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Leeuwenhoek as Camerbewaarder
In 1660, Leeuwenhoek was appointed camerbewaarder of the Schepenencamer, literally the Magistrates' Chamber, but it was also used for meetings of the Vertigraad, Heeren van de Wet, and the Schutterij. Clifford Dobell, Leeuwenhoek's English biographer, translated the word as chamberlain, implying a janitor's functions. Abraham Schierbeek, his Dutch biographer, wrote, "It is extremely difficult to form a good notion of the functions of a camerbewaarder."
Leeuwenhoek's appointment, when he was not yet 30, included a payment of 314 guilders per year: 260 for acting as camerbewaarder of this room. He received an additional 54 guilders to keep the room clean and the fire lit, which could have been done by someone Leeuwenhoek hired. He held the post until some time before 1699, and continued to draw the salary, increased to 400 guilders, until his death.
What did Leeuwenhoek do, exactly?
What did he do?
This item in the city's bylaws appointing Leeuwenhoek lists his responsibilities (Dobell's translation; my paragraphing and emphasis):
Den 26sten Maart 1660 is Antony Leeuwenhoek, in plaats van Jan Strick, tot Camerbewaarder gestelt, op gelijke gagie, baten ende emolumenten.
tot het waarnemen van de Camer, daer de H.H. Schout, Schepens ende die van de wet deser Stadt vergaderen, om de voorz. Camer te openen ende te sluyten, soo op ordinaris als extraordinaris vergaderingen van de voorn. Heeren, op soodanige wijsen, als des vereyscht ende nodig sal wesen
item deselve Heeren te betonen alle respect, eere ende reverentie ende naerstelyck te agtervolgen ende getrouwelijck te effectueren alle diensten, die hem sullen werden belast, ende secreet te houden 't gunt hij in de Camer soude mogen hooren
de vooiz. Camer pertinentelyck te reynigen ende schoon te houden
't vuyr, soo wanneer den tijd sulcx sal vereyschen, op syn bequarnen tijd aan te leggen ende de kooien, die ongeconsumeert soude moge wesen, tot syn profyt wel te bewaren, dat geen ongeluk daar van ofte van het Ligt van de kaarsen
en geschiedde ende sal voorts alles doen dat een goet ende getrouw Camerbewaarder schuldig is te doen ende behoort.
Voor welcken dienst de voorz. Antony Leeuwenhoek sal genieten soodanigen gagie, bate ende emolumenten als voorn. Jan Strick saliger syn voorzaat in dienste heeft genoten, ende sal desselfs dienst ingaan metten 24 January 1660 ende syn gagie betaalt werden op soodanige termynen, als die aan den voorz. Strick betaalt syn geweest.
On March 26, 1660 was Antony Leeuwenhoek, in place of Jan Strick, appointed as Camerbewaarder, at the same wages, benefits and emoluments.
Their Worships the Burgomasters and Magistrates of the Town of Delft have appointed and do hereby charge Antony Leeuwenhoek
to look after the Chamber wherein the Chief Judge the Sheriffs and the Law Officers of this Town do assemble [in order] to open and to shut the foresaid Chamber at both ordinary and extraordinary assemblies of the foresaid Gentlemen in such wise as shall be required and needful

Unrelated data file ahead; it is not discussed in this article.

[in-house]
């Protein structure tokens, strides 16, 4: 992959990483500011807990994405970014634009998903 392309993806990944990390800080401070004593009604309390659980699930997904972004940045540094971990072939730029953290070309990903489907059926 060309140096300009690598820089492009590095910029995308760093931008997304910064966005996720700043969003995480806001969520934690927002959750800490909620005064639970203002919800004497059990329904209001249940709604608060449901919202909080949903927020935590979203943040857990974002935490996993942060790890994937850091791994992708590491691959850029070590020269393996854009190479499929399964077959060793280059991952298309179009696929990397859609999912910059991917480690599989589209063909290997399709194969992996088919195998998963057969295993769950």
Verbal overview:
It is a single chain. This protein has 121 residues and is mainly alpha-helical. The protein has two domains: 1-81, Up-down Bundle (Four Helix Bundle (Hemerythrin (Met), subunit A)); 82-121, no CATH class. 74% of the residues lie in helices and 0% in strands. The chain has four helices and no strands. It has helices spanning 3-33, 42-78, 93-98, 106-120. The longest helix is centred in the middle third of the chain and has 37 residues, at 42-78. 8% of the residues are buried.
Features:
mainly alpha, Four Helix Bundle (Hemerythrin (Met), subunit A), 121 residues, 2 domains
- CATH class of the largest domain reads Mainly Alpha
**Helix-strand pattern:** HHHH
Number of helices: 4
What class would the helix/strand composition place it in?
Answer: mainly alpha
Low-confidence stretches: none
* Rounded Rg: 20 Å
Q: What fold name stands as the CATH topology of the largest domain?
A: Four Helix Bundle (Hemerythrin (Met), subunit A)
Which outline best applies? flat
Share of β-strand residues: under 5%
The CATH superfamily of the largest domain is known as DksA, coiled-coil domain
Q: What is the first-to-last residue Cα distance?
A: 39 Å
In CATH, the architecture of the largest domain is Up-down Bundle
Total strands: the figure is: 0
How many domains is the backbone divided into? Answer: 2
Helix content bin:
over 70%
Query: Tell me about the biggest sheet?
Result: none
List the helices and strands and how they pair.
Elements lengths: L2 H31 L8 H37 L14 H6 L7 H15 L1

to show towards these Gentlemen all respect honour and reverence and diligently to perform and faithfully to execute all charges which may be laid upon him and to keep to himself whatever he may over hear in the Chamber
to clean the foresaid Chamber properly and to keep it neat and tidy
to lay the fire at such times as it may be required and at his own convenience and carefully to preserve for his own profit what coals may remain unconsumed and see to it that no mischance befall thereby nor from the light of the candles.
He shall furthermore do all that is required of and that pertaineth to a good and trusty Chamberlain.
For the which service the foresaid Antony Leeuwenhoek shall enjoy such wages, benefits and emoluments as the foresaid lamented Jan Strick his predecessor in office did enjoy and shall enter into his duties upon the morning of the 24th of January 1660 and his wages shall be paid upon the same terms as those whereon the foresaid Jan Strick's were paid.
Ordered by all the Burgomasters in Council assembled this 26th day of March 1660 and signed by J. Camerling, Pensionary.
There are some specific tasks, "to clean" and "to lay the fire", and some vague references to "all charges" and "all that is required".
Note: J. Camerling was a city pensionaris, but he died in 1640, twenty years before this document was written.
The extract on the right (click to enlarge) comes from the Resolutions of the Council of State of Holland and West Friesland, dated 1723, the year Leeuwenhoek died. It lists the fees that their kamerbewaarder could charge for various services. Some of them had to do with debtors (gyselingh). Others, indcluding the payments, were for:
- doing a summons or warrant, 12 stuivers
- hearing a witness, 12 stuivers
- administering an oath of office to a process server, 1 guilder, 5 stuivers
While this was not Leeuwenhoek's job, it suggests that a kamerbewaarder could do far more than keep the room open, warm, and tidy.
When did he do it?
The archives make it clear when Leeuwenhoek was appointed: March 26, 1660 retroactive to the previous January 1. He is listed in the 1650-1692 register on the left below. He is not listed in the 1692-1720 register on the right.